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This eBook from the Gutenberg Project consists of approximately 348 pages of information about The Daughter of an Empress.
of heavy white satin.  Her widely-bared, full and luxuriant shoulders were partially covered by a costly lace mantelet, the present of the French queen, and her long, floating ringlets were surmounted by a wreath of white roses such as only Parisian artistic skill could offer in such perfect imitation of nature.  Thus enveloped as it were in a veil of white mist and floating vapors, Elizabeth’s beauty appeared only the more full and voluptuous.  She looked like a purple rose standing out from a cloud of fluttering snow-flakes, wonderfully charming, wonderfully seductive.  Princess Elizabeth was fully conscious of the impression she made, and this internal satisfaction manifested itself in a sweet smile which increased the charm of her appearance.  With pride and pleasure she enjoyed the triumph of being the fairest of all the beauties present, and this triumph contented her heart.

The princess now approached her cousin, the Regent Anna, who came from the adjoining room to meet and welcome her, and for one short moment the courtiers forgot her smiles and her inoffensiveness.  All eyes were with the most intense anxiety directed toward those two women; all conversation, jesting, and laughing were at once suspended.  There was a deep pause, all breathing was smothered, all feared that the loud beating of their hearts might betray them and cause them to be suspected.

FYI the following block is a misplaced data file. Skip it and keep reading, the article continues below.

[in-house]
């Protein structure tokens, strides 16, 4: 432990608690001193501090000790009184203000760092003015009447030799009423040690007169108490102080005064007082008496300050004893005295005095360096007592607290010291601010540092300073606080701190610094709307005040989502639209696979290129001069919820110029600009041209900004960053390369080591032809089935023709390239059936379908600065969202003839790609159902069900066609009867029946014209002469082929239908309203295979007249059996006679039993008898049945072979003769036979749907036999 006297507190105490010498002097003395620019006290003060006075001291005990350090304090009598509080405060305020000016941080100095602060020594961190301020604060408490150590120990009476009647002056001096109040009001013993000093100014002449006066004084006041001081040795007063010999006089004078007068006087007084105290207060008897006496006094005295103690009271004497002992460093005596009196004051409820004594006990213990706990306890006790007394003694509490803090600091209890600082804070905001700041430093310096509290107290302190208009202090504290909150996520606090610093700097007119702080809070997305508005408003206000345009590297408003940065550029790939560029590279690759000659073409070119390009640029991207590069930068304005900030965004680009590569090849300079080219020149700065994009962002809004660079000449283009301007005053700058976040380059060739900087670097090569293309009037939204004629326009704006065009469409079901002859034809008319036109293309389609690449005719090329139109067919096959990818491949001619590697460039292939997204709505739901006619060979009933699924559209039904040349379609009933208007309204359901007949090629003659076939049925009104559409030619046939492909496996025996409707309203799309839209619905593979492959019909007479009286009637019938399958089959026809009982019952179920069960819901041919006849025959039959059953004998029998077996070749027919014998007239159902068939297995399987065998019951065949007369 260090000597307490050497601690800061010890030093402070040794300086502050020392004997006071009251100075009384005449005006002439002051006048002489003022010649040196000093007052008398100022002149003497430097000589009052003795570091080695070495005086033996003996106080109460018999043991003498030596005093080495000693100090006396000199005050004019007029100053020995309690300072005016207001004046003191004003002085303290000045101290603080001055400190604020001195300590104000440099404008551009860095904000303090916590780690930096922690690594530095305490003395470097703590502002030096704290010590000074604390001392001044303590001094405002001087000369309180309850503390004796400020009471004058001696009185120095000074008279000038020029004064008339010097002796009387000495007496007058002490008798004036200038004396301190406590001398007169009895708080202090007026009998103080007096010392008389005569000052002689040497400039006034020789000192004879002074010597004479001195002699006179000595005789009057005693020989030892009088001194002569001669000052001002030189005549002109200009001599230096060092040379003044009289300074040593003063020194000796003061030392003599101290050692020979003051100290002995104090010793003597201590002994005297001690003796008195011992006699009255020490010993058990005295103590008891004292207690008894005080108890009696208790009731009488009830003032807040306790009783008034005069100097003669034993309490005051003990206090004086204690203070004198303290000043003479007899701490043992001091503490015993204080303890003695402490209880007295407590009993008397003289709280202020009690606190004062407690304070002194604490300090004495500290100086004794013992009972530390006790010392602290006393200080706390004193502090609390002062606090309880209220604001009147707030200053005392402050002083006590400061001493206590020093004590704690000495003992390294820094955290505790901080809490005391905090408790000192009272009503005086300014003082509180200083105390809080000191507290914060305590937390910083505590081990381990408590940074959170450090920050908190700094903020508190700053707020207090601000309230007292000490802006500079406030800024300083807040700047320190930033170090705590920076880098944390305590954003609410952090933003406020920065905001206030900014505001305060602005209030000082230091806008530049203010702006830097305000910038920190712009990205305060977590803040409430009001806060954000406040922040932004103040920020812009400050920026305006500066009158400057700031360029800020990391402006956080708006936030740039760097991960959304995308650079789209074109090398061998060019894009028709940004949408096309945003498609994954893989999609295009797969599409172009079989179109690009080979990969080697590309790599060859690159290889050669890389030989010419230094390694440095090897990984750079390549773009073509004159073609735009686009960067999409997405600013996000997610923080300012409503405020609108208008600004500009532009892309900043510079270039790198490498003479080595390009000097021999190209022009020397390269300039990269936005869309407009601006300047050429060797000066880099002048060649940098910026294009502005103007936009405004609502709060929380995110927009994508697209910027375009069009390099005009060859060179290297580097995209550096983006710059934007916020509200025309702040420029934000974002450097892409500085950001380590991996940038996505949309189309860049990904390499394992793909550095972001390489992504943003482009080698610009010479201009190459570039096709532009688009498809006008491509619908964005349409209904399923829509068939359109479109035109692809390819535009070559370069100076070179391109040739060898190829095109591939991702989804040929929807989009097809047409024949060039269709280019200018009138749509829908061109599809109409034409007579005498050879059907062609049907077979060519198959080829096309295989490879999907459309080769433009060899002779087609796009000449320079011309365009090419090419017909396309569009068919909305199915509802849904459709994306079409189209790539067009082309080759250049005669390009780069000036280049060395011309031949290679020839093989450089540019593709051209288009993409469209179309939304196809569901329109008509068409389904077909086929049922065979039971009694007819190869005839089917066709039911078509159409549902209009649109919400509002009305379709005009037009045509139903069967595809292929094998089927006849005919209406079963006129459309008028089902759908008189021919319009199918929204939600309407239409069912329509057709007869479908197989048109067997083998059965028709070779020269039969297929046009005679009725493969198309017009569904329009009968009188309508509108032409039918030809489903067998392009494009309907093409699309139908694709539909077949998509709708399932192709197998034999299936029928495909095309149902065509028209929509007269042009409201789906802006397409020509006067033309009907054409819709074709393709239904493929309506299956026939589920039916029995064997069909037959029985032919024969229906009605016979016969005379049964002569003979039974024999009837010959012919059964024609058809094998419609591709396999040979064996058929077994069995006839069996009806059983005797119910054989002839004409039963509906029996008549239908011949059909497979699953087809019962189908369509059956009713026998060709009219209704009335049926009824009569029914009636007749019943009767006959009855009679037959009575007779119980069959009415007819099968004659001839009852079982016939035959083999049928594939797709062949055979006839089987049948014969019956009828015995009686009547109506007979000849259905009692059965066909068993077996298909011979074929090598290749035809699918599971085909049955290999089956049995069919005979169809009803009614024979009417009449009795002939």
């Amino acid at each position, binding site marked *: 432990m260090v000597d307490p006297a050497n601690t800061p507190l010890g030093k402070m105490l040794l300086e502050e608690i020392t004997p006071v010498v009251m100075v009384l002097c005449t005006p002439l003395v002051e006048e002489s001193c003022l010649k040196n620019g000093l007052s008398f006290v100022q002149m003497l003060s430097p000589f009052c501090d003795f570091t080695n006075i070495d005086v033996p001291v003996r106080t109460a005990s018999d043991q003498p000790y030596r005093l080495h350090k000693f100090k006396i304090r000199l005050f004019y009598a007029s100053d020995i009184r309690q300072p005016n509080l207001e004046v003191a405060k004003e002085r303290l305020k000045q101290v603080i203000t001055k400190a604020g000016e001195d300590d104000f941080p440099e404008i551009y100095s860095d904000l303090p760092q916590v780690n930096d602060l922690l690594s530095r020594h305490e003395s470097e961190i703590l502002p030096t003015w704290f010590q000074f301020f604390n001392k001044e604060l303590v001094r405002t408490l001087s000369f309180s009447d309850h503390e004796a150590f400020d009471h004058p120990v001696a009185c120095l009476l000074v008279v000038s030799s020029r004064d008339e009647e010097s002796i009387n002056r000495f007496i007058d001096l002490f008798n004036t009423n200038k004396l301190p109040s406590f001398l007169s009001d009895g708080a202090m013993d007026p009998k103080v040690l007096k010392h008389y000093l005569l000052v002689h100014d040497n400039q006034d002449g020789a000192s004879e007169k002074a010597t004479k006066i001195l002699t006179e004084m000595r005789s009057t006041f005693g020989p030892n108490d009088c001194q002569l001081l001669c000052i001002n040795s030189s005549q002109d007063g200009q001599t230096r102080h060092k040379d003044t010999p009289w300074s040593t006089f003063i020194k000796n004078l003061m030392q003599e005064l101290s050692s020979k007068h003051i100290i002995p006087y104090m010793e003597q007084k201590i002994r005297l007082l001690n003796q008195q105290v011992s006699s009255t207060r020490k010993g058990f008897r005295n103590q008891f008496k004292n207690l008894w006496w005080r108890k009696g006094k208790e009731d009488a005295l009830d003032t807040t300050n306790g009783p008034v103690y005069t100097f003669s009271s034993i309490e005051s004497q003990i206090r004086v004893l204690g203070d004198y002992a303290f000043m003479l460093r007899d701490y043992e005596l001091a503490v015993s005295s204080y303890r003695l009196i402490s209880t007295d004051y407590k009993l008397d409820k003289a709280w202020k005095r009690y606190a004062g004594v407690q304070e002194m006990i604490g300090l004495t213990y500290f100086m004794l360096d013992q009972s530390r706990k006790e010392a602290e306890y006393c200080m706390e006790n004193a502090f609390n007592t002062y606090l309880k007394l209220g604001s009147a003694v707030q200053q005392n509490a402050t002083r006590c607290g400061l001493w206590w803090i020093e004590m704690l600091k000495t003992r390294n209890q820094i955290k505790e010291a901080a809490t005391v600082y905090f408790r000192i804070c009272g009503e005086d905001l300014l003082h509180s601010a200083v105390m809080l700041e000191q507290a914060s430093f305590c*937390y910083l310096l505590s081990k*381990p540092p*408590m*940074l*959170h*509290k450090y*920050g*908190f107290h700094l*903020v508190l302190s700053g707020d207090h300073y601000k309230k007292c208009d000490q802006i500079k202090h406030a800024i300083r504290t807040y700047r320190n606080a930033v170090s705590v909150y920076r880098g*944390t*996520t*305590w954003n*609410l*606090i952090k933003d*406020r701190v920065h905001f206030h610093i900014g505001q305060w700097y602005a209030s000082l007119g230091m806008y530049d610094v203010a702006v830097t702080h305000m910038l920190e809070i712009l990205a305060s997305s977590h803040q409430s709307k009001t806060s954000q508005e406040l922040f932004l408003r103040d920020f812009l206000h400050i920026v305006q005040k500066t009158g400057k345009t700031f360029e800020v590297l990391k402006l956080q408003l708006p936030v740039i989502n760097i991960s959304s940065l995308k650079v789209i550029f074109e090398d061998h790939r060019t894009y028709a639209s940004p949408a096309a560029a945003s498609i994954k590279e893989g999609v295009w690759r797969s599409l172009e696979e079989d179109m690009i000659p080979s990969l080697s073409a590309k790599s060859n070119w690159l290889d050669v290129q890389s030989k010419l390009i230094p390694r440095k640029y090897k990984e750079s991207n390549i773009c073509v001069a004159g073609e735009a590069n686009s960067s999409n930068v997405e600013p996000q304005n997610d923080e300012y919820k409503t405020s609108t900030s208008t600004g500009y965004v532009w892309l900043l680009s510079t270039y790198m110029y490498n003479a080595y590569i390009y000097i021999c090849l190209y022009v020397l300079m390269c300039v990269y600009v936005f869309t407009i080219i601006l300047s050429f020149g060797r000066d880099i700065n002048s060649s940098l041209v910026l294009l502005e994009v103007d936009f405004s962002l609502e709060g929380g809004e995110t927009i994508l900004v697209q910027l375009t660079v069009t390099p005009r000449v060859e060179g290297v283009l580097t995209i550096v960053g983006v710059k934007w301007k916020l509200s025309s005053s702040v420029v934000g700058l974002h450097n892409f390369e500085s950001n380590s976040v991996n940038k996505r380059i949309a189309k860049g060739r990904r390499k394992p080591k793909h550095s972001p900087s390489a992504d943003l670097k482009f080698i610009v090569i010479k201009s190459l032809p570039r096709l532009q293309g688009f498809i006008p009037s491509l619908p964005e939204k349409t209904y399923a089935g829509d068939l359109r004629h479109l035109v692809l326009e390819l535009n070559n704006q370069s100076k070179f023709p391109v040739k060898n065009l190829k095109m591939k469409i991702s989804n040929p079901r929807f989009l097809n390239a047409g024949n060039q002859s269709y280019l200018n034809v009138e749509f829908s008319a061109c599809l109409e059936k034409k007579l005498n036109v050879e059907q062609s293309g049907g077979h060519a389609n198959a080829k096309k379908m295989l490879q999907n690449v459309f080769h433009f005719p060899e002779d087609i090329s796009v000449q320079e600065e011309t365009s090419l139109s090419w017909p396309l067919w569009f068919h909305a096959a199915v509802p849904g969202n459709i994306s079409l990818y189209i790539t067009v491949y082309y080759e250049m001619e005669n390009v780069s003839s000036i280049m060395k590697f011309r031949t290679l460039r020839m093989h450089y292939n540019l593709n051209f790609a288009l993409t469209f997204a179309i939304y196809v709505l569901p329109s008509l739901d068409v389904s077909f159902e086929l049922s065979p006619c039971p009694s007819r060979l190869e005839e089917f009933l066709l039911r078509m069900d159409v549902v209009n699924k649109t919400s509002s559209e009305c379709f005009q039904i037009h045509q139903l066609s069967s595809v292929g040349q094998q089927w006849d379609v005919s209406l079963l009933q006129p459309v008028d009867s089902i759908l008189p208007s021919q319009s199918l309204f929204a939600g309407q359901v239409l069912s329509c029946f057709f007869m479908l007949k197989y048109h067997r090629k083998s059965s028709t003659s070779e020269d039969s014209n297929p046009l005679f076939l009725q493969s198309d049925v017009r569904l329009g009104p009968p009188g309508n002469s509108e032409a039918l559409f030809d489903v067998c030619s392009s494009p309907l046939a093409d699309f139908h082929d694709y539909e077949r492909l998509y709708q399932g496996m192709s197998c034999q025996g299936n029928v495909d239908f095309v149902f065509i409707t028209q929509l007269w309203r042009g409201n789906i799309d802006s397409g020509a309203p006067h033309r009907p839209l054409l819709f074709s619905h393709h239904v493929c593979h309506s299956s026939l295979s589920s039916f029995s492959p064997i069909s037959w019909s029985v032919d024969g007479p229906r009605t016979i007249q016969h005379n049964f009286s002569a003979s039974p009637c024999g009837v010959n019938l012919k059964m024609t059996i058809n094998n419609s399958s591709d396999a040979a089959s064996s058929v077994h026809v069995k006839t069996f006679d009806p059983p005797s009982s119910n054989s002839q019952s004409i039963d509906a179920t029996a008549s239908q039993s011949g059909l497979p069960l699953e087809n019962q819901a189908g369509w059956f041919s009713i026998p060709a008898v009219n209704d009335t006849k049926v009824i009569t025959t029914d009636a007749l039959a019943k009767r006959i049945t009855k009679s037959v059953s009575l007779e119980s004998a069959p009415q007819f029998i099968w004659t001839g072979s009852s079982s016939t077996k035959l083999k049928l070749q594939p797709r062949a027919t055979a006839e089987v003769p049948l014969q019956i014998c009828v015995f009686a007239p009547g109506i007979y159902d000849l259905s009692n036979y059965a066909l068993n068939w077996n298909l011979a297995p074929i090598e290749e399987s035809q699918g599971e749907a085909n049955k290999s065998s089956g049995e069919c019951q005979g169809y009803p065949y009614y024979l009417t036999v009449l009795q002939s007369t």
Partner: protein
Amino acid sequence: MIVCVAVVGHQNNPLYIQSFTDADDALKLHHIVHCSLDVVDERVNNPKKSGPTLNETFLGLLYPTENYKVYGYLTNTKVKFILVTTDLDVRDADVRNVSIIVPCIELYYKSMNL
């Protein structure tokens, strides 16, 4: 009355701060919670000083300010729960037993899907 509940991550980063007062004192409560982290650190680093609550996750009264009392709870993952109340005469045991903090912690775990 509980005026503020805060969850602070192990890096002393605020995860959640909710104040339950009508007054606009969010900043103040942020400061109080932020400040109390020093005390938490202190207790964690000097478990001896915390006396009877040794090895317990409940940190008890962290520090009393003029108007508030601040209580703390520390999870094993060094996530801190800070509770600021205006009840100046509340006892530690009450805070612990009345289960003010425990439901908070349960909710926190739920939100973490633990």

The two princesses now approached each other—­Princess Elizabeth would have bent a knee to the regent—­Anna, with charming kindness, raising and kissing her, tenderly reproached her for coming so late.

“I feared coming too early,” said Elizabeth, pressing the regent’s hand to her lips, “for I doubted whether my fair cousin would find time to bestow a friendly word upon her poor relation, Princess Elizabeth!”

“How could Elizabeth fear that, when she knows I love her like a sister?” tenderly asked the regent, and, taking the arm of the princess, she made with her a round through the rooms.

Now again came life and movement in this lately so silent and anxiously expectant assemblage; they now knew how they were to deport themselves:  Princess Elizabeth was in the good graces of the regent, and therefore they could receive her polite greetings with the most reverential thankfulness; they could approach her and admire her beauty without incurring suspicion.  The stereotyped smile had reappeared upon all faces, cheerful and lively conversation was again resumed, and wherever the two arm-in-arm wandering princesses appeared, they were greeted with endless shouts of ecstasy.

As we have said, it was a gay and very splendid festival.  Only occasionally did something like a dark shadow pass through the rooms; only here and there did the chattering guests forget their wonted smiles; only occasionally did the mask of cheerfulness fall from many a face, discovering serious, anxious features, and suspicious, lurking glances.  Every one felt that a catastrophe was impending, but, as no one could know its result in advance, all wished to keep as clear of it as possible, and seem perfectly unconscious and unaffected by these things.  As they could not foresee which party would triumph, they found it advisable to join neither while awaiting coming events, after which they would hail as lords and masters those who might succeed in attaining to power.

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